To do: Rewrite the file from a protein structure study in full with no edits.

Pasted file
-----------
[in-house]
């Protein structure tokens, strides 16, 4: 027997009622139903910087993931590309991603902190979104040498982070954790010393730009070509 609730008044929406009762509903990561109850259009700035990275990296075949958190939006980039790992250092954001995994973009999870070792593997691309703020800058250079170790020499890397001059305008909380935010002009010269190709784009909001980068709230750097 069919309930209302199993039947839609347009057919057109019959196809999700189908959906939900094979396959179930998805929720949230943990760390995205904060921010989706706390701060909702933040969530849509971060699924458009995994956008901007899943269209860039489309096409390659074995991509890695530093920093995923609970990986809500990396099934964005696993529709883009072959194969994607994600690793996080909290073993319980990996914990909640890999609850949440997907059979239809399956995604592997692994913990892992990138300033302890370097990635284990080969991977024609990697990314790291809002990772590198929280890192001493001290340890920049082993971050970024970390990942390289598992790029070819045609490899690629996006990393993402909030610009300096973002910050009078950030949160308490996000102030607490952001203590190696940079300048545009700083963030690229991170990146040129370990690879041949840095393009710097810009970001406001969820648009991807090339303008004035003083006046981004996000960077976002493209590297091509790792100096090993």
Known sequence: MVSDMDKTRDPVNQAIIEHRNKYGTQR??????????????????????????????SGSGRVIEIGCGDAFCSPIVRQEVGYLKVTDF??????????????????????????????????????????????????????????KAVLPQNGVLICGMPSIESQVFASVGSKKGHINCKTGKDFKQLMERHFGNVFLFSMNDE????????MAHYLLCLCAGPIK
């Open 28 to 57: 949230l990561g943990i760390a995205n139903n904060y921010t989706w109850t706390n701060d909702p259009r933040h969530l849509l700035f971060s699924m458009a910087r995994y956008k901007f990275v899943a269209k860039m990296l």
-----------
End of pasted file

[in-house]
């Protein structure tokens, strides 16, 4: 027997009622139903910087993931590309991603902190979104040498982070954790010393730009070509 609730008044929406009762509903990561109850259009700035990275990296075949958190939006980039790992250092954001995994973009999870070792593997691309703020800058250079170790020499890397001059305008909380935010002009010269190709784009909001980068709230750097 069919309930209302199993039947839609347009057919057109019959196809999700189908959906939900094979396959179930998805929720949230943990760390995205904060921010989706706390701060909702933040969530849509971060699924458009995994956008901007899943269209860039489309096409390659074995991509890695530093920093995923609970990986809500990396099934964005696993529709883009072959194969994607994600690793996080909290073993319980990996914990909640890999609850949440997907059979239809399956995604592997692994913990892992990138300033302890370097990635284990080969991977024609990697990314790291809002990772590198929280890192001493001290340890920049082993971050970024970390990942390289598992790029070819045609490899690629996006990393993402909030610009300096973002910050009078950030949160308490996000102030607490952001203590190696940079300048545009700083963030690229991170990146040129370990690879041949840095393009710097810009970001406001969820648009991807090339303008004035003083006046981004996000960077976002493209590297091509790792100096090993």
Known sequence: MVSDMDKTRDPVNQAIIEHRNKYGTQR??????????????????????????????SGSGRVIEIGCGDAFCSPIVRQEVGYLKVTDF??????????????????????????????????????????????????????????KAVLPQNGVLICGMPSIESQVFASVGSKKGHINCKTGKDFKQLMERHFGNVFLFSMNDE????????MAHYLLCLCAGPIK
């Open 28 to 57: 949230l990561g943990i760390a995205n139903n904060y921010t989706w109850t706390n701060d909702p259009r933040h969530l849509l700035f971060s699924m458009a910087r995994y956008k901007f990275v899943a269209k860039m990296l």